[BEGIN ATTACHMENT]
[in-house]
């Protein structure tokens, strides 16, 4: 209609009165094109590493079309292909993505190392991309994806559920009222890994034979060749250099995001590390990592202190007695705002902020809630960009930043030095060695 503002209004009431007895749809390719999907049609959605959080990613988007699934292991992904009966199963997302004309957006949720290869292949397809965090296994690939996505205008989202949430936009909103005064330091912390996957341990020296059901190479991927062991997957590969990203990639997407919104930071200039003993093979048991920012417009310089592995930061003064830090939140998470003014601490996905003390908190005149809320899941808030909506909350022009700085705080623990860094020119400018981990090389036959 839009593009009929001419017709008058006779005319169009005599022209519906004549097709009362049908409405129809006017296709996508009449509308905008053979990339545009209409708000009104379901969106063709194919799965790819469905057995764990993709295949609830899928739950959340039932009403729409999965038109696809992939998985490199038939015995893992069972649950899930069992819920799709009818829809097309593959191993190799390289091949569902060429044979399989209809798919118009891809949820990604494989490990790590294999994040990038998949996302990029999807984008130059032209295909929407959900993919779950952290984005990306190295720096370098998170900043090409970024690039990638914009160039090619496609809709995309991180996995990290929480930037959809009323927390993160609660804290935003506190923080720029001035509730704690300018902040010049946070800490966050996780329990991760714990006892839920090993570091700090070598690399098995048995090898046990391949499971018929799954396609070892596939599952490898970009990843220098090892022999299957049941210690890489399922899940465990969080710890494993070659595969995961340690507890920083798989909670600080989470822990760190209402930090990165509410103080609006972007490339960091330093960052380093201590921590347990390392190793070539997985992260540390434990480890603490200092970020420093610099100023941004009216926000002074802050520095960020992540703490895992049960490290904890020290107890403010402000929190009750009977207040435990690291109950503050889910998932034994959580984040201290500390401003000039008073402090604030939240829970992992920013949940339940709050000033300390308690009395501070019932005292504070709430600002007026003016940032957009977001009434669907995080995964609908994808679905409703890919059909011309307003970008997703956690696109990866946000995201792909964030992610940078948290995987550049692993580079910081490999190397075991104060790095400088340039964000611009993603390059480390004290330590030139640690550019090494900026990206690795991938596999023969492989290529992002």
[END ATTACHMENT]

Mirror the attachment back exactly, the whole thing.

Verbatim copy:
[in-house]
């Protein structure tokens, strides 16, 4: 209609009165094109590493079309292909993505190392991309994806559920009222890994034979060749250099995001590390990592202190007695705002902020809630960009930043030095060695 503002209004009431007895749809390719999907049609959605959080990613988007699934292991992904009966199963997302004309957006949720290869292949397809965090296994690939996505205008989202949430936009909103005064330091912390996957341990020296059901190479991927062991997957590969990203990639997407919104930071200039003993093979048991920012417009310089592995930061003064830090939140998470003014601490996905003390908190005149809320899941808030909506909350022009700085705080623990860094020119400018981990090389036959 839009593009009929001419017709008058006779005319169009005599022209519906004549097709009362049908409405129809006017296709996508009449509308905008053979990339545009209409708000009104379901969106063709194919799965790819469905057995764990993709295949609830899928739950959340039932009403729409999965038109696809992939998985490199038939015995893992069972649950899930069992819920799709009818829809097309593959191993190799390289091949569902060429044979399989209809798919118009891809949820990604494989490990790590294999994040990038998949996302990029999807984008130059032209295909929407959900993919779950952290984005990306190295720096370098998170900043090409970024690039990638914009160039090619496609809709995309991180996995990290929480930037959809009323927390993160609660804290935003506190923080720029001035509730704690300018902040010049946070800490966050996780329990991760714990006892839920090993570091700090070598690399098995048995090898046990391949499971018929799954396609070892596939599952490898970009990843220098090892022999299957049941210690890489399922899940465990969080710890494993070659595969995961340690507890920083798989909670600080989470822990760190209402930090990165509410103080609006972007490339960091330093960052380093201590921590347990390392190793070539997985992260540390434990480890603490200092970020420093610099100023941004009216926000002074802050520095960020992540703490895992049960490290904890020290107890403010402000929190009750009977207040435990690291109950503050889910998932034994959580984040201290500390401003000039008073402090604030939240829970992992920013949940339940709050000033300390308690009395501070019932005292504070709430600002007026003016940032957009977001009434669907995080995964609908994808679905409703890919059909011309307003970008997703956690696109990866946000995201792909964030992610940078948290995987550049692993580079910081490999190397075991104060790095400088340039964000611009993603390059480390004290330590030139640690550019090494900026990206690795991938596999023969492989290529992002």